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SMS divorces spur call for family law

BAHRAIN could soon follow a growing regional trend of Muslim men divorcing their wives by text message, if a family law is not implemented soon, women's rights groups warned yesterday.

They say that it is wrong that men could legally divorce their wives in such a spontaneous and inhumane way.

A family law should be introduced to ensure that husbands divorce their wives in an ethical manner and that they provide for them and their children, said Bahrain Women's Union member Fatima Al Rabea.

"If we have a family law, they will think about this. But now there is no protection," she said.

The union will submit its final draft for a family law by the end of the month.

The draft of the law, which is also called the Personal Status Law, aims to govern family matters and improve the situation of Bahrain's women.

It has been put together by the union, with submissions from various women's societies.

A Sharia Court in Malaysia recently ruled that a Muslim man legally divorced his wife by sending her a short messaging service (SMS) saying: "If you don't leave your parent's house, you will be divorced".

In another case, an Egyptian woman is seeking clarification from a court on whether her husband's declaration of divorce via text message was legally valid.

There were also several accounts of husbands who had declared divorce to their wives by text message only to take them back after regretting their decision in Saudi Arabia.

Ms Al Rabea said she was appalled that husbands were being allowed to divorce their wives just by sending them a text message.

She said it was wrong that men could legally divorce their wives in such a spontaneous and an inhumane way.

This was in stark contrast to the tradition for marriage where the bride and groom to be and their families would usually take several months discussing and meeting before making the commitment, added Ms Al Rabea.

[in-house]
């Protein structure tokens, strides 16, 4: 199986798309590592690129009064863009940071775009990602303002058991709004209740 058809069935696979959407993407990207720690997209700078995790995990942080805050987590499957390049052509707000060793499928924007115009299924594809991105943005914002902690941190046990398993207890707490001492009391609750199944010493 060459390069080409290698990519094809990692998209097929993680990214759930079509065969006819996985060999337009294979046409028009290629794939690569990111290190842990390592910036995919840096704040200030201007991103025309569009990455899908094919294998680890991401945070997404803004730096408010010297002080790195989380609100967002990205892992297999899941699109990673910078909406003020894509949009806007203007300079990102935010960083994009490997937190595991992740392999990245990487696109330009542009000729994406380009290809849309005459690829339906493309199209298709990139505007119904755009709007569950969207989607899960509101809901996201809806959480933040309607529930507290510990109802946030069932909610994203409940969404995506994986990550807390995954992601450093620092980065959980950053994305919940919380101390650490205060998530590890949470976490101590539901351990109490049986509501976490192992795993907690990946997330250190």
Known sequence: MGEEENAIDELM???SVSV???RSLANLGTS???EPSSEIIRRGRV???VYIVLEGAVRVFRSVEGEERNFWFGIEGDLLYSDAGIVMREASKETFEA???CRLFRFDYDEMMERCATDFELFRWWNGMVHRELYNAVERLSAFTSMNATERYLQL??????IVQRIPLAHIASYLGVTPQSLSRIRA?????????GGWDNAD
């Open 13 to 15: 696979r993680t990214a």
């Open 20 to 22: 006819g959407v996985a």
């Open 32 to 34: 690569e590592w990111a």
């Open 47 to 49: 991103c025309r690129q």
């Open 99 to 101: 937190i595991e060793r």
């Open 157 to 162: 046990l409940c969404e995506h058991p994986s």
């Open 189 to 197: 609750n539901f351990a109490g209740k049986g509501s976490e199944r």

"I don't agree with this, we are human beings and we must talk face to face," she told the GDN.

"If I can't stay, I should talk to my partner and we should take a decision together, not by sending a message. It's not correct and it's not fair.

"They need to speak to their wives and discuss the problems. They must discuss the reasons. These practices are very hard for the woman and the family."

Ms Al Rabea said according to Islam, if a husband wanted to divorce his wife, he must say she is divorced three times and it should be in front of a witness. He should then confirm it again in court.

She said without the divorce being confirmed in person anyone could get the phone of a husband and send a message to his wife that she is divorced.

"We can't do this, it's very sensitive and private," she said,

"If no one stops this, it will continue and break all the family.

MP Adel Al Mo'awda said the procedure for getting married and divorce was very simple in Sharia.

He said some judges would accept a text message as a legitimate way of divorcing their wives.

"The judge will ask if he meant what he said in the text message and if he did they will count it as a divorce," said Mr Al Mo'awda.

"But I think some Sharia judges will say you can't write the divorce unless you can't speak, but others say you can write it, so it depends on the judge."

Mr Al Mo'awda said to divorce his wife, a husband only had to say she was divorced, then there was a period of three months when they could get back together. During this time they should reside in the same house.

This could happen a second and third time, but if they did not get back together after the third time, then they were legally divorced, he added.

Mr Al Mo'awda said unfortunately when it came to divorce, many husbands were not following Sharia law and if they did, then 70 per cent of those seeking a divorce would remain married.

He said husbands often divorced their wives out of anger, but if they followed Sharia law properly, many of them wouldn't even be eligible for divorce.

For example, he said, a husband could not divorce his wife while she was having her menstrual period. Likewise, a husband who had sex with his wife after she finished her last menstrual period should wait for her to get and finish her next menstrual period before he could divorce her.

"But unfortunately, people don't follow these things, so they must get the consequences of their actions," he said.

Mr Al Mo'awda called on women's groups to educate society about the right way of divorce according to Sharia law. "Most of divorces take place when the husband is angry, but once he calms down, they will hug and make up." becky@gdn.com.bh



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